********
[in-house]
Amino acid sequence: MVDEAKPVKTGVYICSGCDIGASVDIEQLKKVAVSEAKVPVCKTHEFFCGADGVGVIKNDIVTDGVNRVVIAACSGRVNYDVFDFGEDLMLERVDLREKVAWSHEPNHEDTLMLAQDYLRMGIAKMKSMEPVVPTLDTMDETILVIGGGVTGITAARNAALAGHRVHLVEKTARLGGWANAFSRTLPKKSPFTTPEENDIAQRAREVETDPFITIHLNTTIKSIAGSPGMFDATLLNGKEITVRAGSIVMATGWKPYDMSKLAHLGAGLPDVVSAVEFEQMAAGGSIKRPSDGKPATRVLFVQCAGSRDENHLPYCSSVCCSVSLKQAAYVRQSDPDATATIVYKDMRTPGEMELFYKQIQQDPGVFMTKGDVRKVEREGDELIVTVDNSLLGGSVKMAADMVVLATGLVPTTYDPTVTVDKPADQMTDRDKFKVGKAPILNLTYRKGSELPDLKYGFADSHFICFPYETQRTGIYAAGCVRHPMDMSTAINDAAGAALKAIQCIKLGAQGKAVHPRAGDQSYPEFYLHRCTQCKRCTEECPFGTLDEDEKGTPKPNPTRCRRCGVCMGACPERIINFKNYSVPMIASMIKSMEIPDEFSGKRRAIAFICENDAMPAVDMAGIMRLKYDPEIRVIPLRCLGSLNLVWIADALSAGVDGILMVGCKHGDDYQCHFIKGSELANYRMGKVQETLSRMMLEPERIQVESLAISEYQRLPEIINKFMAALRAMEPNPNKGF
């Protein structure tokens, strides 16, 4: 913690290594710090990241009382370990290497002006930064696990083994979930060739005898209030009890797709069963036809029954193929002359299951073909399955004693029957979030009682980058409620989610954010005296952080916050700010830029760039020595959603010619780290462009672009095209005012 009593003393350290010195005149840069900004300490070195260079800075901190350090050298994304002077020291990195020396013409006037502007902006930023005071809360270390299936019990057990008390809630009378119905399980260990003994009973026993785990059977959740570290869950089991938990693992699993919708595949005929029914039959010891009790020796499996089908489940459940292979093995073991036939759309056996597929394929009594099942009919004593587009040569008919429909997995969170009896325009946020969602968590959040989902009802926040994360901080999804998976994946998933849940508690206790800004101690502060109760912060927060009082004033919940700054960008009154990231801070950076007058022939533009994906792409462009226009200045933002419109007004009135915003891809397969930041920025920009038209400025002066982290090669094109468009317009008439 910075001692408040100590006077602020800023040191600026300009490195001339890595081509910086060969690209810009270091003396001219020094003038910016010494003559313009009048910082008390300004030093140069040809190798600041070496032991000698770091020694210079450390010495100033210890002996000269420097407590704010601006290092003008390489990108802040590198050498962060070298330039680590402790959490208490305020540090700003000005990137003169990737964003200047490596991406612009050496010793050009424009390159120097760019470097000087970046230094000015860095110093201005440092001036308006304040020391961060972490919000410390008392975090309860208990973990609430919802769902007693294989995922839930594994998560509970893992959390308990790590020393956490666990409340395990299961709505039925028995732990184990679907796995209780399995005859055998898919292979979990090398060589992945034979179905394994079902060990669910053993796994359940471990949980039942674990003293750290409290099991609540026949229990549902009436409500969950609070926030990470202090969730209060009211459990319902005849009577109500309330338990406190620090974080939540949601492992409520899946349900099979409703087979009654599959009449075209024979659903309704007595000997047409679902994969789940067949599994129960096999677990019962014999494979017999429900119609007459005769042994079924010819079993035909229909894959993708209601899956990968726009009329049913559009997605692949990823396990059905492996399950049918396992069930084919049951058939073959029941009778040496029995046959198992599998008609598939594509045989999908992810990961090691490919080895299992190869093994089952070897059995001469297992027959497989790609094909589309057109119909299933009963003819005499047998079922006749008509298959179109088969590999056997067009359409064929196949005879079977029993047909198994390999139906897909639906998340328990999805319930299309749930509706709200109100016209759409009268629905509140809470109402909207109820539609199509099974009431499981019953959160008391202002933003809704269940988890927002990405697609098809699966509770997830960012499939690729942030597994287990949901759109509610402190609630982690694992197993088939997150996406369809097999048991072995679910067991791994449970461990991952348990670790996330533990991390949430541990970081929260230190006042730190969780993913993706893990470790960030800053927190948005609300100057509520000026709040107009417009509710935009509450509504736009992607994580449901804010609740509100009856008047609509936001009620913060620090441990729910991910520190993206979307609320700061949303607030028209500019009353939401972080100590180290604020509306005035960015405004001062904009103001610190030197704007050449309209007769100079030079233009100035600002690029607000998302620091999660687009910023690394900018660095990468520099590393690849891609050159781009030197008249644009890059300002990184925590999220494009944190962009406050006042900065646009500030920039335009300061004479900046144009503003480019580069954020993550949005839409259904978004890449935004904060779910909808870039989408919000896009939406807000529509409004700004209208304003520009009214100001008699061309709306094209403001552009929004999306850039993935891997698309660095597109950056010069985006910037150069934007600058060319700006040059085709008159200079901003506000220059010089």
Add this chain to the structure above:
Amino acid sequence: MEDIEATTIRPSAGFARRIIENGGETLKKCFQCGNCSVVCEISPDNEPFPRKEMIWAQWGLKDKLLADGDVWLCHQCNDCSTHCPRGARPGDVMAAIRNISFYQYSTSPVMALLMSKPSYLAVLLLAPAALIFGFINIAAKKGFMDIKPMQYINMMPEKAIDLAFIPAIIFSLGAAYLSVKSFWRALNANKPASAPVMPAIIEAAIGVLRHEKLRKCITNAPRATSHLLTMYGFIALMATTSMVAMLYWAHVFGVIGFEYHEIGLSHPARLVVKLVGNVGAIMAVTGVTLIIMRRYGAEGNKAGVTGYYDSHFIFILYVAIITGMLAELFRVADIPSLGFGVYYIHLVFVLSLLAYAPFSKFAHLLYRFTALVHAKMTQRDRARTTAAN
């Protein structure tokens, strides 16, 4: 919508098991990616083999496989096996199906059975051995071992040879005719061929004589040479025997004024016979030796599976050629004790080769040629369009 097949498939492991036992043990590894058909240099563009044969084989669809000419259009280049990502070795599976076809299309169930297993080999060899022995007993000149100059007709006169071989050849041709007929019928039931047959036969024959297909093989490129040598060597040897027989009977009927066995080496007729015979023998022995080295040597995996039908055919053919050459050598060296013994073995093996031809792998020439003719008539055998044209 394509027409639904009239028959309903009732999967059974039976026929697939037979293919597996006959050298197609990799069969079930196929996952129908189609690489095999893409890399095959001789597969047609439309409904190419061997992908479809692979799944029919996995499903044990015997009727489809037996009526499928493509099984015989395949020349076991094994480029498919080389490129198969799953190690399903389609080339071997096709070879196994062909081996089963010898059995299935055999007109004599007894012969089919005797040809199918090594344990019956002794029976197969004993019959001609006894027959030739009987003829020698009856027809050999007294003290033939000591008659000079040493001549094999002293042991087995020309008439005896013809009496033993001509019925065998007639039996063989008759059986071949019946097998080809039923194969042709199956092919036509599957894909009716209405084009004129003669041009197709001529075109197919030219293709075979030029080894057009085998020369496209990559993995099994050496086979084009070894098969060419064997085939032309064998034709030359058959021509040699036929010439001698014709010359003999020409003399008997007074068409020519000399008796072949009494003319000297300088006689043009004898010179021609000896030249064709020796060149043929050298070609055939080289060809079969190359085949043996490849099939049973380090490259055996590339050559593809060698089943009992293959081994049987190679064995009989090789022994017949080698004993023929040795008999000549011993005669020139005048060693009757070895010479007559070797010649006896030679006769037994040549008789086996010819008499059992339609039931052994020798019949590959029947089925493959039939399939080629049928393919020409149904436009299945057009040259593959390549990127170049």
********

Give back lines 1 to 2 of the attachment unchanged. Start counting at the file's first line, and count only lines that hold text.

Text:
[in-house]
Amino acid sequence: MVDEAKPVKTGVYICSGCDIGASVDIEQLKKVAVSEAKVPVCKTHEFFCGADGVGVIKNDIVTDGVNRVVIAACSGRVNYDVFDFGEDLMLERVDLREKVAWSHEPNHEDTLMLAQDYLRMGIAKMKSMEPVVPTLDTMDETILVIGGGVTGITAARNAALAGHRVHLVEKTARLGGWANAFSRTLPKKSPFTTPEENDIAQRAREVETDPFITIHLNTTIKSIAGSPGMFDATLLNGKEITVRAGSIVMATGWKPYDMSKLAHLGAGLPDVVSAVEFEQMAAGGSIKRPSDGKPATRVLFVQCAGSRDENHLPYCSSVCCSVSLKQAAYVRQSDPDATATIVYKDMRTPGEMELFYKQIQQDPGVFMTKGDVRKVEREGDELIVTVDNSLLGGSVKMAADMVVLATGLVPTTYDPTVTVDKPADQMTDRDKFKVGKAPILNLTYRKGSELPDLKYGFADSHFICFPYETQRTGIYAAGCVRHPMDMSTAINDAAGAALKAIQCIKLGAQGKAVHPRAGDQSYPEFYLHRCTQCKRCTEECPFGTLDEDEKGTPKPNPTRCRRCGVCMGACPERIINFKNYSVPMIASMIKSMEIPDEFSGKRRAIAFICENDAMPAVDMAGIMRLKYDPEIRVIPLRCLGSLNLVWIADALSAGVDGILMVGCKHGDDYQCHFIKGSELANYRMGKVQETLSRMMLEPERIQVESLAISEYQRLPEIINKFMAALRAMEPNPNKGF